October 9: Education News We're Reading This Week
October 9, 2015—Our weekly roundup of the biggest stories you might have missed!
Elementary & Secondary Education:
- Even as he prepares to leave his position, Secretary of Education Arne Duncan continues intiating new projects. The Atlantic delves into his recent remarks on race and inequality in America’s education system.
- In a blog for Education Week, Jim Shelton describes successful interventions and research findings for combating the effects of poverty on educational achievement.
- On Wednesday, the House Committee on Ways and Means Subcommittee on Oversight examined the extent to which tax policies may be contributing to the climbing cost of higher education. NASFAA shares a summary of the hearing.
- Diverse speaks with leaders at urban colleges to profile how they are rethinking student support with new resources and data. Many of their students often face nontraditional challenges including working, raising families, living off campus, and being first-generation students.
- Thomas J. Botzman, president of Misericordia University, describes the various Pell grant proposals currently circulating Congress in University Business. Botzman is concerned that these changes to the program will limit affordable college access.
- In The Hechinger Report, Stephen Burd urges policymakers to consider a proposal to overhaul and grow the Supplemental Educational Opportunity Grants (SEOG). Among the changes would be a requirement for receiving insitutions to allocate its funding toward reducing the debt burden of low-income students.
- Kevin Carey writes in The New York Times that student debt is even more troubling than you might think: “The loan crisis hits hardest at colleges enrolling large numbers of students from low-income backgrounds,” and historically black institutions suffer a staggering majority of colleges and universities with the highest nonrepayment rates.
- Inside Higher Ed explains new research demonstrating that “recent high school graduates who started at four-year institutions were almost 50 percentage points likelier than those who started at two-year colleges to have earned a bachelor’s degree within six years.” Their article mentions credit transfer policies and relocating as some of the reasons talented students who start their degrees at community college aren’t able to move forward to complete a bachelor’s degree.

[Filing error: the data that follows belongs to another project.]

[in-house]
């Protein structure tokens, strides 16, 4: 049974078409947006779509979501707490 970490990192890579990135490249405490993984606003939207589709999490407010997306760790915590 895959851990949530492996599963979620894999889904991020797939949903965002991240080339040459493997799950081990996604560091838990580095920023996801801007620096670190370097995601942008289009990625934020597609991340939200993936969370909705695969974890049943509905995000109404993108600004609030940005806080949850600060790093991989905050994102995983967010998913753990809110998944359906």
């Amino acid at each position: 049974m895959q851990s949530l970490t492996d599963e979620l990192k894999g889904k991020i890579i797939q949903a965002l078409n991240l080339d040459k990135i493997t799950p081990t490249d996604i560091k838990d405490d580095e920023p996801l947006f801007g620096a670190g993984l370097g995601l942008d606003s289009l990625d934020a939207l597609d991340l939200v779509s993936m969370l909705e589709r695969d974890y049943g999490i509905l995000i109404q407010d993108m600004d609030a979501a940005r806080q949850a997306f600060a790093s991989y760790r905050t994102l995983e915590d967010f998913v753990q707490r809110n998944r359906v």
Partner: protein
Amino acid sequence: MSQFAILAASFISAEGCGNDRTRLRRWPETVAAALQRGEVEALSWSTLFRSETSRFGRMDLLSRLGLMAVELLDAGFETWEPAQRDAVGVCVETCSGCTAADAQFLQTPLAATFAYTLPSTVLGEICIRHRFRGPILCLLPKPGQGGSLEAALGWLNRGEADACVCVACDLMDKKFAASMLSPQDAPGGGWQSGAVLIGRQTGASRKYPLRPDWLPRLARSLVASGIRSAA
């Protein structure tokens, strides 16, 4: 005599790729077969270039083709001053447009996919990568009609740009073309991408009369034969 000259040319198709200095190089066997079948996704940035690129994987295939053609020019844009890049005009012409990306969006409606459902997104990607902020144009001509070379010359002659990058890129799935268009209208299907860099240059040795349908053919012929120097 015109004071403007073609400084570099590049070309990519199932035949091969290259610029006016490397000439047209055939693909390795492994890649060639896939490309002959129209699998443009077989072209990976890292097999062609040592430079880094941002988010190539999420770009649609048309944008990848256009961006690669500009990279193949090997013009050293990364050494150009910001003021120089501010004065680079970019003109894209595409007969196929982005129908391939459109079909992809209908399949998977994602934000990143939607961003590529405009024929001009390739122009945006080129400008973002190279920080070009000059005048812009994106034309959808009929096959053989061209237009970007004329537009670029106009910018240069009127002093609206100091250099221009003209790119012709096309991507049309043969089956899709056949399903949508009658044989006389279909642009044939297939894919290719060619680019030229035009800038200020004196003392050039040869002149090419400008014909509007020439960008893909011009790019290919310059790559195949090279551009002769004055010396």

- A new report from CLASP cautions policymakers not to use post-graduation earnings data to create new accountability measures without considering differences in programs, economic regions, and other characteristics.
Cooke Foundation Highlights:
- Cooke Young Scholar Mya Poluchov has been selected to represent her high school at the 2016 Hugh O’Brian Leadership Conference in May, reports The Messenger.
- The Loudoun Symphony Orchestra announces its 25th anniversary performance schedule in The Northern Va Times. Last year, the symphony received a $35,000 Good Neighbor Grant from the Cooke Foundation that will be used to launch music instruction and performance opportunities for its youth orchestra.
- Our Good Neighbor Grants program is accepting proposals from nonprofit organizations in the Northern Virginia, Washington, D.C., and Maryland areas that are helping students with significant financial need reach their full potential through education. Grant amounts will be awarded between $10,000 – $35,000. Learn more about our eligibility requirements and apply now through December 3, 2015.
- The Cooke College Scholarship application is open! We’re looking for talented high school seniors with financial need to apply. Cooke Scholars receive up to $40,000 for each year – plus college planning support, ongoing advising, and the opportunities for study abroad and internship stipends. They also become eligible for a $50,000 per year Cooke Graduate Scholarship. Apply now through November 3, 2015.